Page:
While whatever real-world impact he is making is hard to measure, in art-world terms, Leonardo has become a growing force in the field of social practice. He is the co-founder of Assembly, a community-based arts program run by the nonprofit organization Recess, which is offering an alternative to incarceration. The groups work with the Center for Court Innovation’s Brooklyn Justice Initiatives, which decides which young adults would fit the program. Assembly recently won a $150,000 grant from the Art for Justice Fund, an initiative launched in June 2017 by Agnes Gund, president emerita of the Museum of Modern Art, to reform the criminal justice system. (Gund sold a 1962 painting by Roy Lichtenstein for $165 million last year to provide the fund’s nest egg.) Through Assembly, some young adults and juveniles convicted of nonviolent crimes can avoid incarceration and a criminal record by completing a course of workshops that include movement and storytelling techniques for reimagining themselves outside the narratives of powerlessness that often follow troubled individuals throughout their lives.

Leonardo was born in Queens to a Dominican mother and Guatemalan father — he identifies as Afro-Latino and now lives in Brooklyn with his wife, artist McKendree Key, and their 2-year-old daughter. He studied visual art at Bowdoin College in Maine and came to performance somewhat by accident. During a residency at the Skowhegan School of Painting and Sculpture he put on a Mexican wrestling mask and began fighting an imaginary opponent. An enthusiastic crowd gathered and the concept took off. Starting in 2004, he staged dozens of fiercely physical performances as his Mexican wrestler alter ego, El Conquistador, or El C., who battled the fictional “Invisible Man.” This foe is a reference to Ralph Ellison’s groundbreaking 1952 novel, the story of the demons a black man faces growing up in midcentury America. “That book has been a through line in my practice in ways that I’m not even entirely conscious of,” he said.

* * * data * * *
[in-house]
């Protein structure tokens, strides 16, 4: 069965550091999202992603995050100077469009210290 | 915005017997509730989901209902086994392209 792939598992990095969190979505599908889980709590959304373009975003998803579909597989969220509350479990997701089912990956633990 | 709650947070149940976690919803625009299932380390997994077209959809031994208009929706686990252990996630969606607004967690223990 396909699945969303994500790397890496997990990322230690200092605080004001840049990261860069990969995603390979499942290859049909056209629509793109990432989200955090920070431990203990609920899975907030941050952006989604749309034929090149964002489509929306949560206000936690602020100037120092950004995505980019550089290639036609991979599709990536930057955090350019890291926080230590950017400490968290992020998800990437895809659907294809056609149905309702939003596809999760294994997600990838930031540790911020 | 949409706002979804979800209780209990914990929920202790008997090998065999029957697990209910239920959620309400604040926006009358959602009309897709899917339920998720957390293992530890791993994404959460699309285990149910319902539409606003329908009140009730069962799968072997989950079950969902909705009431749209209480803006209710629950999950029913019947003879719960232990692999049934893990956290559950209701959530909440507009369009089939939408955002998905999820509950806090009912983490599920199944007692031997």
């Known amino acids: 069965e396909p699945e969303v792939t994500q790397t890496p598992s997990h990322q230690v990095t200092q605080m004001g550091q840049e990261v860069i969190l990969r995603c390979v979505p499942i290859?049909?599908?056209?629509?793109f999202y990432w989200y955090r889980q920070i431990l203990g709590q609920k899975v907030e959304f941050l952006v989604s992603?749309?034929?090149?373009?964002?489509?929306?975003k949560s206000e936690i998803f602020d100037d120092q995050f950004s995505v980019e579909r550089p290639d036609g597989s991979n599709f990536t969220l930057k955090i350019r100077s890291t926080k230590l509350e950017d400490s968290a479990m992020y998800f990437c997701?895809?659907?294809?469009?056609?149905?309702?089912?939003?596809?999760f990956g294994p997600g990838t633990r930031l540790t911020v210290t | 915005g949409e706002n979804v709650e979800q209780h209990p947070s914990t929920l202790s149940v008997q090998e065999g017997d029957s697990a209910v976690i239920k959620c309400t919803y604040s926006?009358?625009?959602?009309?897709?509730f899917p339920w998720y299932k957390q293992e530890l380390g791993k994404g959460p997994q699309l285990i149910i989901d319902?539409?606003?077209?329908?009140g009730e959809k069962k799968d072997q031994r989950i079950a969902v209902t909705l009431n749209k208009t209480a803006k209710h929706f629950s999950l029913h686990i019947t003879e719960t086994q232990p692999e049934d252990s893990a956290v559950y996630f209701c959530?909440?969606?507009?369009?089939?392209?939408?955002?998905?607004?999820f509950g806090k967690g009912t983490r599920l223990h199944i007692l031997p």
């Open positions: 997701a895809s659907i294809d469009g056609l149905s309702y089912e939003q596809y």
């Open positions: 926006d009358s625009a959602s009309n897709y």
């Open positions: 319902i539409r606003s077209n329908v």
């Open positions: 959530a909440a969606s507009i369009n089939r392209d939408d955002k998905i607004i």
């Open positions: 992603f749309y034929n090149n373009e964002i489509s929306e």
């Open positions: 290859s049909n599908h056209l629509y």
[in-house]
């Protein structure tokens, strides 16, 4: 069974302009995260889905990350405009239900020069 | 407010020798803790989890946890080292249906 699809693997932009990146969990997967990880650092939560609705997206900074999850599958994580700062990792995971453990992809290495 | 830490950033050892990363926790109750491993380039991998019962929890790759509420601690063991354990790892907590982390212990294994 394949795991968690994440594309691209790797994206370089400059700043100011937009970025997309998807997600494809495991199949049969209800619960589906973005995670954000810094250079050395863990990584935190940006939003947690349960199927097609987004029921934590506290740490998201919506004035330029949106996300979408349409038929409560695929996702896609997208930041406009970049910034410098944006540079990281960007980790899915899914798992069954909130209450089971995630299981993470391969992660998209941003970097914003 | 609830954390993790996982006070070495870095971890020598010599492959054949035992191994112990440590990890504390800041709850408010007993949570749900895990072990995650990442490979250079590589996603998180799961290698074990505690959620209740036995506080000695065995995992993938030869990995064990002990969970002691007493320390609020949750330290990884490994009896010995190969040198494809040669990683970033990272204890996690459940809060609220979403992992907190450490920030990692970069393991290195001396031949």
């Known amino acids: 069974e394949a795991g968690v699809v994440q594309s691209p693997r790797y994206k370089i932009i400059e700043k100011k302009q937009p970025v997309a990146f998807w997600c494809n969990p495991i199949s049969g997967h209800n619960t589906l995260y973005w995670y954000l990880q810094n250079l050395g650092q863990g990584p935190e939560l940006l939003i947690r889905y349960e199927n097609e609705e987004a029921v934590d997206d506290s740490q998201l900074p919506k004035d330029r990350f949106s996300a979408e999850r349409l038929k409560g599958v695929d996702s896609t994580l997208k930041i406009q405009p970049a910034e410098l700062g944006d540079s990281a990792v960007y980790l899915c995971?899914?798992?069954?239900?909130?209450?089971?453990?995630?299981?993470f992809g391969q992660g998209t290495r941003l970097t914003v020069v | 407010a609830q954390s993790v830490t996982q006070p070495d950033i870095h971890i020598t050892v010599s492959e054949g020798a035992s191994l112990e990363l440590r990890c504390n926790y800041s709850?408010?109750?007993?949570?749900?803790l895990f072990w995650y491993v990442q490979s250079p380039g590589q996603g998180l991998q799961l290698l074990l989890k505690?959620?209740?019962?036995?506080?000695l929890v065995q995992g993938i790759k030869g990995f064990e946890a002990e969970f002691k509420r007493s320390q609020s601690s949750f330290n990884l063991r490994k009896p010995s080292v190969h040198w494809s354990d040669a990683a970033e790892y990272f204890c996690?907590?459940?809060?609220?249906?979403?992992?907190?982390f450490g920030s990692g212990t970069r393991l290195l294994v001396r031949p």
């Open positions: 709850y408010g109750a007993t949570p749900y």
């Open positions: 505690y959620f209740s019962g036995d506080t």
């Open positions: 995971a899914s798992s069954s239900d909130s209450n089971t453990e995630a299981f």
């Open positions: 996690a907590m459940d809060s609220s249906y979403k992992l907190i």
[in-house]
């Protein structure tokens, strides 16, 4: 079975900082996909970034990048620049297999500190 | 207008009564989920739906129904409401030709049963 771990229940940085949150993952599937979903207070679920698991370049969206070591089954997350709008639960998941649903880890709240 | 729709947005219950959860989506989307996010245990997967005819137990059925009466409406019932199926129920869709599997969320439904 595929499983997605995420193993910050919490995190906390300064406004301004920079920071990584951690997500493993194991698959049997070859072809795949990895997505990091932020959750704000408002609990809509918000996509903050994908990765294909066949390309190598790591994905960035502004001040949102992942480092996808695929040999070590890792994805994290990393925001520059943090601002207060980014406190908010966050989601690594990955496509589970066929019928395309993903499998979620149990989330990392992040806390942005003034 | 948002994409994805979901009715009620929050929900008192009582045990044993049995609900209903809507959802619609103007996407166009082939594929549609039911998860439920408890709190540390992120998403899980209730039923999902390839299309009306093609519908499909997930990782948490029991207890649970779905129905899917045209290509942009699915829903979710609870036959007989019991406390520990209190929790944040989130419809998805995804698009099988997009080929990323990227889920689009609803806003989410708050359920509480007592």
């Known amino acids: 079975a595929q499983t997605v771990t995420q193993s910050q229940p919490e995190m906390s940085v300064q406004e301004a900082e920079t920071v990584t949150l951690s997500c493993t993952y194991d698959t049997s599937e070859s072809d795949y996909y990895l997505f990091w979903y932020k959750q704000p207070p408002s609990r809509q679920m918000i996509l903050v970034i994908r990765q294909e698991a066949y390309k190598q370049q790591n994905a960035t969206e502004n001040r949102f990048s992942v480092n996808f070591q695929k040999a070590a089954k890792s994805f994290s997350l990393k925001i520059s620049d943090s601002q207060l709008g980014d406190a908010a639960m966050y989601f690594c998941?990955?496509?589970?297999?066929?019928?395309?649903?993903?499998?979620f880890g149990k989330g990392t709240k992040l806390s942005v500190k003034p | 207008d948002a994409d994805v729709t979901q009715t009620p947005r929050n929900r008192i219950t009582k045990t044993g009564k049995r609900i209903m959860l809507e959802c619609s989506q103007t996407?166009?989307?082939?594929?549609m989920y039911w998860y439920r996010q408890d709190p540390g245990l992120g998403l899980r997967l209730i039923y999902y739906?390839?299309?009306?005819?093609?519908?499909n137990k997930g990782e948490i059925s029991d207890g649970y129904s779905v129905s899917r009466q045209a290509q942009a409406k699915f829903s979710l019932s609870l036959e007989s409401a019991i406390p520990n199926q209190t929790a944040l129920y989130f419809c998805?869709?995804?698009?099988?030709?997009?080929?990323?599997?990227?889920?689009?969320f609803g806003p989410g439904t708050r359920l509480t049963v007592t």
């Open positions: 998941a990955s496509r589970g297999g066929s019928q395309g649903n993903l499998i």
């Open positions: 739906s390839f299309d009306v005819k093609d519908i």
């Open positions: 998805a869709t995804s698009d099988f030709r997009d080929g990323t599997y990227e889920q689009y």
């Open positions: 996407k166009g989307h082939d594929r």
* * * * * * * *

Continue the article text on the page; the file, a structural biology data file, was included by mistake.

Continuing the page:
The goal of the wrestling work, said the artist, was to loosen definitions of manhood. Practically speaking, that work taught him about body language.

After the death of Trayvon Martin, in 2012, his work took a turn toward the political. He immersed himself in drawing, still a significant part of his art. (Two new works, one based on the media imagery of Rodney King and the other on the Central Park Five, are headed to the group show “Walls Turned Sideways: Artists Confront the Justice System,” at the Contemporary Art Museum Houston on Aug. 25.)

After Eric Garner, an unarmed black man, died in 2014, and a grand jury decided not to indict the New York City police officer who used a chokehold, “Something shifted,” Leonardo said. He moved away from purely physical performances and started guiding participants instead as more of an instructor. One, called “I Can’t Breathe” (2016), was a participatory performance that he disguised as a self-defense course.

In “Primitive Games,” his roles included instructor, coach, referee and role model. Despite some improvisational freedom, the artist’s hand was evident in every step of the performance. The four groups of participants attended a series of workshops with Leonardo, during which he taught them ways to find another person’s body language and gestures “relatable” rather than offensive. “The immediate goal,” he said, “is to get these very divided groups more attuned to one another in the way they react and respond to conflict.”

If all that sounds more like therapy, Nat Trotman, the Guggenheim’s curator of media and performance, explains what makes it art. “There is always an element of Shaun’s vision as a guide,” he said before the event. “It’s about bringing people together to deal with political issues. It’s activist in trying to get people to deal with reality. And that was really compelling to us.” (Trotman organized the project in collaboration with Christina Yang, the museum’s director of education and public programs, and Anna Harsanyi, Guggenheim social practice project manager.)

At the Guggenheim, between the opponents, there were moments of tenderness, flirtation, aggression, sadness, camaraderie and humor. Somebody would fall; someone would help them up, as their bodies found common ground.

Reached Friday by email, a member of the veterans’ group who wanted to be identified only as James, called the evening’s performance “an intense emotional roller coaster ride encountering fear, strength, vulnerability, machismo, empathy, joy and sorrow.” He added that it was a test of courage “against and with a very diverse group of other humans with beliefs and viewpoints much different than mine.”